(Bloomberg) – Covid-19 vaccine results from Pfizer Inc. and BioNTech SE fueled optimism that the world will soon have a potential way out of the pandemic, yet experts cautioned that the shot still has many hurdles to clear. Questions about production, distribution and, most importantly, the performance and capability of the shot itself still need to be answered, even if the numbers look highly promising, according to vaccine specialists. The Pfizer trial started less than four months ago, and how long the vaccine will confer protection and how many will benefit are almost complete unknowns for now.

FDA Grants Emergency Use Authorization to Lilly’s Antibody COVID-19 Therapy

November 11, 2020

(Medscape) – The US Food and Drug Administration (FDA) issued an emergency use authorization (EUA) on Monday for the investigational monoclonal antibody therapy bamlanivimab (Eli Lilly) to treat adults and children with mild to moderate COVID-19. The monoclonal antibody therapy has emergency authorization for treating patients who have tested positive for SARS-CoV-2 infection and who are considered to be at high risk for progression to severe COVID-19 or hospitalization.

Hospitals Poised to Launch First COVID-19 Vaccines in Clinicians

November 11, 2020

(Medscape) – As hospitals scramble to prepare, their watchword is flexibility. They don’t yet know how many initial doses they will get, of which vaccine, or in what time frame. They have a sophisticated infrastructure to deliver flu vaccines each fall, but that framework doesn’t align with the likely scenarios of limited supply, additional reporting requirements, two-dose regimens, and differing storage needs.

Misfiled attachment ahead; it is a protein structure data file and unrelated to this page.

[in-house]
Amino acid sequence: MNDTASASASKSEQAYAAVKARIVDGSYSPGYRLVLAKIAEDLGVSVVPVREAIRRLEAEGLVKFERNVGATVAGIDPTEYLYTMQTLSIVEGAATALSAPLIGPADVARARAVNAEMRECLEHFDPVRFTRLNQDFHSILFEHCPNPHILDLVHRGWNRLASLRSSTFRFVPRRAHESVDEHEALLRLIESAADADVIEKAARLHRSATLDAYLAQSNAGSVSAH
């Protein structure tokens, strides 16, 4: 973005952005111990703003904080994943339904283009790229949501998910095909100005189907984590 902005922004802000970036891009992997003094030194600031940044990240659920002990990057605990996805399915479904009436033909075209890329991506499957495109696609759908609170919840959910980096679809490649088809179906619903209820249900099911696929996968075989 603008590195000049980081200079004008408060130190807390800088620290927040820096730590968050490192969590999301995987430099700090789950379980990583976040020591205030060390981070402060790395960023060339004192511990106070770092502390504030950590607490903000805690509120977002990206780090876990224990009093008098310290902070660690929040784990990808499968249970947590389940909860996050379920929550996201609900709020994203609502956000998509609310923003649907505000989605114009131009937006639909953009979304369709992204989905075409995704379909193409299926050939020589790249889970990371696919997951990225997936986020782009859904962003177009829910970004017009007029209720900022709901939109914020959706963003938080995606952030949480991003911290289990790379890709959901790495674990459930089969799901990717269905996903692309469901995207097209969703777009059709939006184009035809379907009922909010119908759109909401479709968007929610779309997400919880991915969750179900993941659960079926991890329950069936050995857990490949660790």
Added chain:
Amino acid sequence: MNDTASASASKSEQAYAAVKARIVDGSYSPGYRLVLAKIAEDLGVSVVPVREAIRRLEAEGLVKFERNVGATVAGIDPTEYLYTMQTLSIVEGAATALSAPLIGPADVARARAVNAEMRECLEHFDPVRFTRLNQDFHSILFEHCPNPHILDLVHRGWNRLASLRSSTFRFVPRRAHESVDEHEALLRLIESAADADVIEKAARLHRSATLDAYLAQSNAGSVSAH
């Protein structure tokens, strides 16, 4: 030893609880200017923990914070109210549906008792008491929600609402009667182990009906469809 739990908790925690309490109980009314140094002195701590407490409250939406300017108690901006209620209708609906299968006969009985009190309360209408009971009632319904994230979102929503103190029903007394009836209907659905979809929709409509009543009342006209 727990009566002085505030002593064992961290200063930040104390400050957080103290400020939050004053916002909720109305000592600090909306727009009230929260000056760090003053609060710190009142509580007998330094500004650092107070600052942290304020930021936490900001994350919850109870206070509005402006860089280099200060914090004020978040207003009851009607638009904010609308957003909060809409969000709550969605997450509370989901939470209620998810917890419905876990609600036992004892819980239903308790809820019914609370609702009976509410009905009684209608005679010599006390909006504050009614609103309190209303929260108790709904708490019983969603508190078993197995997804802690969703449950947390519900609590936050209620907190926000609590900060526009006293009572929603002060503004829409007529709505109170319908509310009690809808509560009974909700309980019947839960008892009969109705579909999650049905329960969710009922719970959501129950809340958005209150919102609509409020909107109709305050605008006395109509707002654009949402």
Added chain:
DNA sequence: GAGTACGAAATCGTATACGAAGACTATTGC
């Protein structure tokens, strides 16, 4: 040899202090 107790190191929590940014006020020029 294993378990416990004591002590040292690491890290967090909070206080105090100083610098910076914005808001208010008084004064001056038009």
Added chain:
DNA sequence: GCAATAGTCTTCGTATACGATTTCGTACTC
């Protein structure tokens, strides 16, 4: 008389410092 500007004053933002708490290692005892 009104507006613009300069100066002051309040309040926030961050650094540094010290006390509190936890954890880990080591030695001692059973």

The Story of mRNA: How a Once-Dismissed Idea Became a Leading Technology in the Covid Vaccine Race

November 10, 2020

(STAT News) – But what the companies share may be bigger than their differences: Both are banking on a genetic technology that has long held huge promise but has so far run into biological roadblocks. It is called synthetic messenger RNA, an ingenious variation on the natural substance that directs protein production in cells throughout the body. Its prospects have swung billions of dollars on the stock market, made and imperiled scientific careers, and fueled hopes that it could be a breakthrough that allows society to return to normalcy after months living in fear.

Brazil Halts Trial of Chinese Vaccine. But Was Science or Politics to Blame?

November 10, 2020

(New York Times) – Brazil said on Monday that it had halted a late-stage trial of a Chinese vaccine that had been considered a global front-runner in the race to develop a protective shot for the coronavirus after a “serious adverse” reaction in a participant. The Brazilian health regulator provided little information on its decision, including whether the reaction was related to the vaccine, called CoronaVac and produced by the Chinese company Sinovac, or coincidental.